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This Israeli Is Making Alexa’s Voice Sound Like One Of Your Family

Amazon’s Alexa voice assistant is increasingly family-friendly and helpful, largely to the credit of Adva Levin.

Levin, a content producer and designer, is the founder Pretzel Labs, an Israel-based voice design studio that focuses on creating experiences for families. In an interview with Forbes, she explained that she implements that focus in applications for Alexa, such as with Kids Court (for settling fights between kids) and Out the Door (a fun way to get them ready for school).

“In both of these skills, my attempt was to redefine the roles of Alexa in the household and try to shift her from a voice controlled music player to an active member of the family,” Levin told Forbes. “I thought of Alexa as an extra personality in the house, and wanted to see how she can help reduce friction between parents and kids.”

Levin says to do her job, it’s important to know how to listen to people and talk to them — she designing an actual conversation.

“There are two sides to building a good conversation with a computer: understanding what the person wants, and writing the AI persona that communicates with them,” she said, explaining that she hopes to advance away from irritating machine operators that know where to connect only after “1” is pressed.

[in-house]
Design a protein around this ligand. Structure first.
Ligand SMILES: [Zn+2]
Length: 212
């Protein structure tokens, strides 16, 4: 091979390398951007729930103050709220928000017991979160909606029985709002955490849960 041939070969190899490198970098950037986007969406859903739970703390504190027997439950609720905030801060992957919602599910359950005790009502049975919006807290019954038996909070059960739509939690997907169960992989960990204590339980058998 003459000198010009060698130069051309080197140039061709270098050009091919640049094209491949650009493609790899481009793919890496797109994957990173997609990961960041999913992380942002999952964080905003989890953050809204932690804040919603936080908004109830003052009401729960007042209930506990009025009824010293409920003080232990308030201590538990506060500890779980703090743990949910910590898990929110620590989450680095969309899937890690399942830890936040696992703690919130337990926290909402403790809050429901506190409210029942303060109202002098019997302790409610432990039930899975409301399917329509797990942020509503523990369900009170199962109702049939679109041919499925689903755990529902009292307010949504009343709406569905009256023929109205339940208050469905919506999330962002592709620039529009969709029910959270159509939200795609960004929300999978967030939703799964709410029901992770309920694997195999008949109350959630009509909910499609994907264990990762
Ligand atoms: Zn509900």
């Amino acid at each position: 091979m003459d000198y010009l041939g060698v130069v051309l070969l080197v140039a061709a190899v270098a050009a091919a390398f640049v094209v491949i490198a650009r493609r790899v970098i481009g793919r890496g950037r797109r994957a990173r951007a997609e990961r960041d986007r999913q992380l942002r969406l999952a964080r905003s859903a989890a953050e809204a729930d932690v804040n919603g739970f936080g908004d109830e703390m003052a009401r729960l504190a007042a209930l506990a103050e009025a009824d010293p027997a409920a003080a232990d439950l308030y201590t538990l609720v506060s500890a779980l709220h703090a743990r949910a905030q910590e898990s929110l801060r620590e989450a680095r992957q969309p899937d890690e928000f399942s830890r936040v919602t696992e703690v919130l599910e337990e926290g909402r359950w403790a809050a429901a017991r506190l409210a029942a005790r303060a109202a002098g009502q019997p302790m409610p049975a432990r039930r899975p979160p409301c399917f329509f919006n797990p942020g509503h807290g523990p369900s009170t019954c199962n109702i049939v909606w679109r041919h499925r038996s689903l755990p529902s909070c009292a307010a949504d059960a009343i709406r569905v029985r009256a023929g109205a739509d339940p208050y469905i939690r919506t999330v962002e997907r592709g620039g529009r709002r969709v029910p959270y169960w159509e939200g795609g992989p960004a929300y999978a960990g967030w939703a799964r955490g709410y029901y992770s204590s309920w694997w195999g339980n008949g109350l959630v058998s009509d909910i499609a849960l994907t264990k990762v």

There are implications to this technology: privacy concerns. In October, Amazon applied for a patent that would give Alexa the ability to learn all sorts of information about its user, from characteristics — accent, ethnic origin, emotion, gender, age — to physical location, The Intercept reported.

Yet, Levin said she is confident that the relationship between humans and voice assistants will continue to grow. She reasons that kids today are speaking to their devices, saying things like, “Alexa I love you” and “My Alexa is smarter than yours reasons.”

“Where there is a voice, even though it’s coming from something so abstract and technical as a small speaker, people tend to think of it as a person communicating with them and are forming really emotional bonds,” she said. “[Alexa] has a name, a voice and a very well written character, and is feeling very human.”

Alyssa Fisher is a news writer at the Forward. Email her at [email protected], or follow her on Twitter at @alyssalfisher

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